0 In Math/ Tech

Desmos + Fractions

Desmos, which is available at desmos.com, is a very powerful free graphing calculator app that is available across most devices, including Chromebooks, desktop and laptop computers, and mobile devices/tablets.  Most secondary math teachers have at least heard of Desmos, but many are not aware of the library of student activities available at teacher.desmos.com. Middle and elementary math teachers also tend to be unaware of this, as Desmos is a graphing app and graphing functions is usually not taught prior to eighth grade. Nevertheless, there are several activities that are available at this site that are appropriate for students in lower grades.

Polygraph is a game, similar to “Guess Who”, where a “picker” selects one out of sixteen objects (graphs or shapes) and another student, the “guesser”, asks yes/no questions to narrow down which of the sixteen objects his or her partner chose. All you have to do is select the activity, generate a code, and Desmos does all of the work of pairing up students (randomly) and then they start playing! I had a group of younger students at Math Monday last night, so I had them play Polygraph: Shaded Rectangles. As you can see below, the students asked questions that required both the picker and the guesser to think deeply about fractions and their visual representations. There are other Polygraphs where students are presented with fractions in number form. Although most of the Polygraph activities are focused on graphing functions, there are a few that involve basic fractions and polygons that can be used with younger students.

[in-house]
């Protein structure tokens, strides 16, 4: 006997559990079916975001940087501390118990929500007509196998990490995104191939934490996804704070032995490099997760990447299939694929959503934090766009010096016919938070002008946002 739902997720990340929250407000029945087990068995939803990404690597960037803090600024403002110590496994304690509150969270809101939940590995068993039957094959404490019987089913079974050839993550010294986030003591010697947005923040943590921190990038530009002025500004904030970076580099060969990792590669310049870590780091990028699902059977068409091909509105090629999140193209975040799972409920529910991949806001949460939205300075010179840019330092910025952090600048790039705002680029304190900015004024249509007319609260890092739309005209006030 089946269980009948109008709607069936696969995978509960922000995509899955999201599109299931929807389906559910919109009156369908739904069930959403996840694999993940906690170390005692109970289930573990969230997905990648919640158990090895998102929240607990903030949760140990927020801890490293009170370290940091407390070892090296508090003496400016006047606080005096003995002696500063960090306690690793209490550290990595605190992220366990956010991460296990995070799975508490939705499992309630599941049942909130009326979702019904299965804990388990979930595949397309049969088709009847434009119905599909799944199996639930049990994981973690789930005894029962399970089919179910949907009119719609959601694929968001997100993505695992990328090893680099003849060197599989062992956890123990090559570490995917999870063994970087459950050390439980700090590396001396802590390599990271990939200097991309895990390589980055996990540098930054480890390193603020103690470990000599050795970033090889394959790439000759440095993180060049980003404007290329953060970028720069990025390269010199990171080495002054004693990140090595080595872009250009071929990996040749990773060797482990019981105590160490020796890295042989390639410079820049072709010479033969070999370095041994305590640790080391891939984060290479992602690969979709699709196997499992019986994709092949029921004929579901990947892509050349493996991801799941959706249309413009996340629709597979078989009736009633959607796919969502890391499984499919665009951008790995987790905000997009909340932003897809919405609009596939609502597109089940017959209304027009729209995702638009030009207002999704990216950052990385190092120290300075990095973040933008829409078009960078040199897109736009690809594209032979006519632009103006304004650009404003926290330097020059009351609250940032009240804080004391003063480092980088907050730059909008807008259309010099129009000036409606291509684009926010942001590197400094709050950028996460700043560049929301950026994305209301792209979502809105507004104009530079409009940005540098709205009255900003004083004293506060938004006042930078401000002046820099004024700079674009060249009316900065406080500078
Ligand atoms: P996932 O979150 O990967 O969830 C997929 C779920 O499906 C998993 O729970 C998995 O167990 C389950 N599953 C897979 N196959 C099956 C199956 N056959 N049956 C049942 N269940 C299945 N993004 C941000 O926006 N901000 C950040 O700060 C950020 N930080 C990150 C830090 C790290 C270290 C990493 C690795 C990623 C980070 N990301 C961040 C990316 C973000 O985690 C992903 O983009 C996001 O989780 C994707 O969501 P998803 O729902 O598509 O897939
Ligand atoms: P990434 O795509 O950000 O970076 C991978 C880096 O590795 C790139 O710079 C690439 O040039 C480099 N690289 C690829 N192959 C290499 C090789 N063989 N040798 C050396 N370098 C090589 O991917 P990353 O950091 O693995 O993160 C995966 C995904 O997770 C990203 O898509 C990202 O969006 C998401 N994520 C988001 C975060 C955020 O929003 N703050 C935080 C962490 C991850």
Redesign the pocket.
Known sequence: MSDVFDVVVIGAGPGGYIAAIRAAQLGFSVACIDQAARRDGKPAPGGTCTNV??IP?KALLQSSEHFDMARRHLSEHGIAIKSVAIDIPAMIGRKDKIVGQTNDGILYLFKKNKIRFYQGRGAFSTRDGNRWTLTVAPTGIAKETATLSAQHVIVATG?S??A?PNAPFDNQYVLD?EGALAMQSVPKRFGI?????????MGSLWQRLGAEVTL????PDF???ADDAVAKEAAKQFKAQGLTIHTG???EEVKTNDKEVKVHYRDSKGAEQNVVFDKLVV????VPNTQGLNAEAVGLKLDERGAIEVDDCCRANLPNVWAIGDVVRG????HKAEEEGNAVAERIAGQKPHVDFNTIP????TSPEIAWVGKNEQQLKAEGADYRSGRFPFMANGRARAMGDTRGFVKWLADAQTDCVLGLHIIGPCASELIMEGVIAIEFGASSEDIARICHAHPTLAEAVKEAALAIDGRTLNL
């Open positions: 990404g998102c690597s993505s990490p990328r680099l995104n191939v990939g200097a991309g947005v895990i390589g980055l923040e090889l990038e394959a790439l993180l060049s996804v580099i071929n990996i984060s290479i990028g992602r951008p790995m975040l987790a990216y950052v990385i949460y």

Another favorite Desmos game for my younger kids is Tile Pile. In this activity, students begin by tiling a 4 square foot section of floor. Then they use estimations and a t-chart/table to predict the number of tiles that would be needed to cover larger floor sizes.  By creating a ratio table, students are building a table of values that could be graphed to form a linear function. Although the activity is listed as appropriate for sixth graders, I was able to engage third and fourth graders with this fun activity.

All in all, don’t dismiss Desmos as just an app for graphing. There are many dynamic activities available at teacher.desmos.com for all math teachers, including elementary and middle school educators.

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